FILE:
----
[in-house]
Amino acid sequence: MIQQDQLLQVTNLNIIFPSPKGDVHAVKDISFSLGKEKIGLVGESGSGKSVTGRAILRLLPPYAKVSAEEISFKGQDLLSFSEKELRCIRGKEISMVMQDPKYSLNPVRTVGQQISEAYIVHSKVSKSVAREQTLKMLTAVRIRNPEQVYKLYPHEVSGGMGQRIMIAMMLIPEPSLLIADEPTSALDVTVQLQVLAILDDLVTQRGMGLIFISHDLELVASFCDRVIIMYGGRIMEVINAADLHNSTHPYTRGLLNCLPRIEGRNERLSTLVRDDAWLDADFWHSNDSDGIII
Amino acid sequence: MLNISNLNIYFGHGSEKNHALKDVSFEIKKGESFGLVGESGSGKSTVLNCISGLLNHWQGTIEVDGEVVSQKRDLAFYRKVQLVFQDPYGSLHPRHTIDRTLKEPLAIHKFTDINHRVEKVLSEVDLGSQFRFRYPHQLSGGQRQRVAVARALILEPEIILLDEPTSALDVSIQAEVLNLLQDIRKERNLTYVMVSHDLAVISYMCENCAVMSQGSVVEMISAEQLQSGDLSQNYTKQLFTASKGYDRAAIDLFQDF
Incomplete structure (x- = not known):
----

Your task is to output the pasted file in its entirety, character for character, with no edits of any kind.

[in-house]
Amino acid sequence: MIQQDQLLQVTNLNIIFPSPKGDVHAVKDISFSLGKEKIGLVGESGSGKSVTGRAILRLLPPYAKVSAEEISFKGQDLLSFSEKELRCIRGKEISMVMQDPKYSLNPVRTVGQQISEAYIVHSKVSKSVAREQTLKMLTAVRIRNPEQVYKLYPHEVSGGMGQRIMIAMMLIPEPSLLIADEPTSALDVTVQLQVLAILDDLVTQRGMGLIFISHDLELVASFCDRVIIMYGGRIMEVINAADLHNSTHPYTRGLLNCLPRIEGRNERLSTLVRDDAWLDADFWHSNDSDGIII
Amino acid sequence: MLNISNLNIYFGHGSEKNHALKDVSFEIKKGESFGLVGESGSGKSTVLNCISGLLNHWQGTIEVDGEVVSQKRDLAFYRKVQLVFQDPYGSLHPRHTIDRTLKEPLAIHKFTDINHRVEKVLSEVDLGSQFRFRYPHQLSGGQRQRVAVARALILEPEIILLDEPTSALDVSIQAEVLNLLQDIRKERNLTYVMVSHDLAVISYMCENCAVMSQGSVVEMISAEQLQSGDLSQNYTKQLFTASKGYDRAAIDLFQDF
Incomplete structure (x- = not known):